Negatives I did find a few downsides to this approach. For games where game engine and gameplay ARE tightly linked, there can be a lot of duplicated data. As the gameplay code is unaware of the engine data structures like transform must be duplicated in the gameplay code. This increases memory usage and processing as the data structures are converted. Another downside is that some useful features of the game engine are not accessible to the gameplay. Two key features of Unity that would have been great to use were triggers and coroutines. Once again, code duplication is required if the gameplay is to use these features. (See future plans below for a solution to these issues) Two Worlds In effect, there are two instances of the game world. A gameplay specific instance and an engine/rendering specific instance. For complex games this separation is a good thing as it frees engine developers to store the world in their own optimized data structures. This decoupling also simplifies the process of multi-threading the game engine as there is a distinct breakup between gameplay specific code and rendering/input code. I've worked on a large project which made this split after a multi-year development and while it was painful to implement once complete the teams velocity increased significantly. Unit Testing I spoke about unit testing in my last post and this is one of the major advantages of separation of gameplay. You can easily unit test the gameplay itself and have a suite of tests specific to making sure the gameplay is "correct". When unit tests deal only with gameplay they can be simpler and higher code coverage can be achieved. One area I am looking at in the future is formally turning the game design document into a suite of gameplay specific unit tests. The gameplay team have complete ownership over the gameplay code and the test suite that tests it. Future Plans There are a few areas I plan to experiment with in the future that I haven't had the opportunity to yet. The first is solving the issue of duplicated data between the gameplay and game engine. My thoughts on solving this problem are for the gameplay to have a reference to the game engine data structures where appropriate. For Unity3D, this would be as simple as including the UnityEngine.dll. Spatial data structures (Vector3, Quaternion, etc) can then be used directly in the gameplay. This breaks some of the abstraction between the gameplay and game engine, but if done sparingly, I think it will add a lot of value. Specific to Unity, I'm going to experiment with creating MonoBehaviour entities within the gameplay as well to see whether this works and how badly it breaks the abstraction. As I mentioned with Unit Tests, I'm going to look at ways of formalizing the game design itself into a suite of unit tests. I'd like to experiment with Domain Specific Languages (DSLs) to make this as simple a process as possible for game designers. A DSL would also let them speak in their own language. I've experimented with fluent game design in the past and this is another area of interest for me. Conclusion What are your thoughts on separation of gameplay from the rest of the game code? Is this already achieved with scripting languages or do you see extra value with allowing gameplay developers to create the entire gameplay model themselves and have engine developers use world through an interface? [This piece was reprinted from #AltDevBlogADay, a shared blog initiative started by @mike_acton devoted to giving game developers of all disciplines a place to motivate each other to write regularly about their personal game development passions.]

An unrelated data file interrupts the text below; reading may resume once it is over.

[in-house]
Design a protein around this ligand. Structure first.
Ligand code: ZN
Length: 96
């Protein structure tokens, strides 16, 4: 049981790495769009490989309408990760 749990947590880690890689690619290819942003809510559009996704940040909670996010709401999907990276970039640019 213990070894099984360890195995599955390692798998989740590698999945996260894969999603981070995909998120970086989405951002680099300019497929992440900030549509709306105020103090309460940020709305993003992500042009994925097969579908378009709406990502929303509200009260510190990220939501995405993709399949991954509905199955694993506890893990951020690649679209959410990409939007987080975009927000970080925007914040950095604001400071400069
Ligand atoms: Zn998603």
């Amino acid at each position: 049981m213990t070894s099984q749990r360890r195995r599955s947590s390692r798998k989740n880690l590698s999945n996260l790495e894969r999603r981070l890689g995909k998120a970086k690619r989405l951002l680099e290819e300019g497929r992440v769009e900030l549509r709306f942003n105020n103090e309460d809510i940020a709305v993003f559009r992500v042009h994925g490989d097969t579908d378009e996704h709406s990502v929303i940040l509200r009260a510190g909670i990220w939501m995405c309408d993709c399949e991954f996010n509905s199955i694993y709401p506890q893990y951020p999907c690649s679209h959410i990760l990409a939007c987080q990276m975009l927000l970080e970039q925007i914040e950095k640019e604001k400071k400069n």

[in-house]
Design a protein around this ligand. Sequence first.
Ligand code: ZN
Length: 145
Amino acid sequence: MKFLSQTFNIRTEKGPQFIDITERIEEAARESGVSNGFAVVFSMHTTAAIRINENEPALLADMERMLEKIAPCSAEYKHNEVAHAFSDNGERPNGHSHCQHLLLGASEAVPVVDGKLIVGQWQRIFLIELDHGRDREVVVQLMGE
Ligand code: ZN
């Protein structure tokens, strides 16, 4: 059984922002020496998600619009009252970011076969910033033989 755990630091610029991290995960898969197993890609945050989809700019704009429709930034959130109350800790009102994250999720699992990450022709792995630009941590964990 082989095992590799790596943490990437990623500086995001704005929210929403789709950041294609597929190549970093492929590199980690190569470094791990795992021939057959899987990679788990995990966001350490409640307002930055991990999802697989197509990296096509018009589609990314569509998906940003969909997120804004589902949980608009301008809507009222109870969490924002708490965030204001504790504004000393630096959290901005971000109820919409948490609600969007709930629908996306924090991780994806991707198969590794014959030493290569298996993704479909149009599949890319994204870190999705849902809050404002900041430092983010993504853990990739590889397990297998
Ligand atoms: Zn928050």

About the Author(s)

Alistair Doulin


Alistair splits his time between developing games and world domination. He fills the roles of programmer, producer, designer and semi-controversial blogger (at doolwind.com). He has released games for PC, iOS and Xbox360 over the past seven years. Alistair is now an indie developer where he runs Bane Games, a Brisbane based game development studio that has just released its first iOS game, Flick Buddies. He is fanatically pragmatic, focussing on emergent gameplay and simple interfaces. With over ten years of software development experience he has recently become a Certified Scrum Master.